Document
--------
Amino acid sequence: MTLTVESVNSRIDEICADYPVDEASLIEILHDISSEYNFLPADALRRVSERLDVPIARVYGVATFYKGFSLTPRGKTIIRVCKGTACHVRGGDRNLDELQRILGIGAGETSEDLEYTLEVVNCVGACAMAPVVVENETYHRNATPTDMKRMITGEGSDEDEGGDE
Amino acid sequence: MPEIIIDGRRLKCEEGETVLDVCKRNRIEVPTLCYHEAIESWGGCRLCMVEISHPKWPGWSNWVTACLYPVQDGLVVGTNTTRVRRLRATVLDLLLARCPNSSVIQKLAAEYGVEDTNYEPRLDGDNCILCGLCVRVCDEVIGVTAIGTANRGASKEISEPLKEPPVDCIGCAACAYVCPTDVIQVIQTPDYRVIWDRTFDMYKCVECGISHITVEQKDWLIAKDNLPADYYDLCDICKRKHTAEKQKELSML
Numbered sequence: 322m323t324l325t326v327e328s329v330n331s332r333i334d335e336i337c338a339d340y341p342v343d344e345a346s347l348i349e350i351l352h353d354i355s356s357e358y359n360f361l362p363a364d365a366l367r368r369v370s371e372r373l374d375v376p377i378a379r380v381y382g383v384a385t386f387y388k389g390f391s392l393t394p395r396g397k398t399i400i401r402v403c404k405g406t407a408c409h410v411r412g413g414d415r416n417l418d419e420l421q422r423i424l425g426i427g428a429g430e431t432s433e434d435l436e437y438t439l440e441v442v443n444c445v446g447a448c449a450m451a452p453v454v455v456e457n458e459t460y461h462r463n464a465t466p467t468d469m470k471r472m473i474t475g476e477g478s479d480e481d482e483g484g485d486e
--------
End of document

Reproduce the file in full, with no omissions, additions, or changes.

Amino acid sequence: MTLTVESVNSRIDEICADYPVDEASLIEILHDISSEYNFLPADALRRVSERLDVPIARVYGVATFYKGFSLTPRGKTIIRVCKGTACHVRGGDRNLDELQRILGIGAGETSEDLEYTLEVVNCVGACAMAPVVVENETYHRNATPTDMKRMITGEGSDEDEGGDE
Amino acid sequence: MPEIIIDGRRLKCEEGETVLDVCKRNRIEVPTLCYHEAIESWGGCRLCMVEISHPKWPGWSNWVTACLYPVQDGLVVGTNTTRVRRLRATVLDLLLARCPNSSVIQKLAAEYGVEDTNYEPRLDGDNCILCGLCVRVCDEVIGVTAIGTANRGASKEISEPLKEPPVDCIGCAACAYVCPTDVIQVIQTPDYRVIWDRTFDMYKCVECGISHITVEQKDWLIAKDNLPADYYDLCDICKRKHTAEKQKELSML
Numbered sequence: 322m323t324l325t326v327e328s329v330n331s332r333i334d335e336i337c338a339d340y341p342v343d344e345a346s347l348i349e350i351l352h353d354i355s356s357e358y359n360f361l362p363a364d365a366l367r368r369v370s371e372r373l374d375v376p377i378a379r380v381y382g383v384a385t386f387y388k389g390f391s392l393t394p395r396g397k398t399i400i401r402v403c404k405g406t407a408c409h410v411r412g413g414d415r416n417l418d419e420l421q422r423i424l425g426i427g428a429g430e431t432s433e434d435l436e437y438t439l440e441v442v443n444c445v446g447a448c449a450m451a452p453v454v455v456e457n458e459t460y461h462r463n464a465t466p467t468d469m470k471r472m473i474t475g476e477g478s479d480e481d482e483g484g485d486e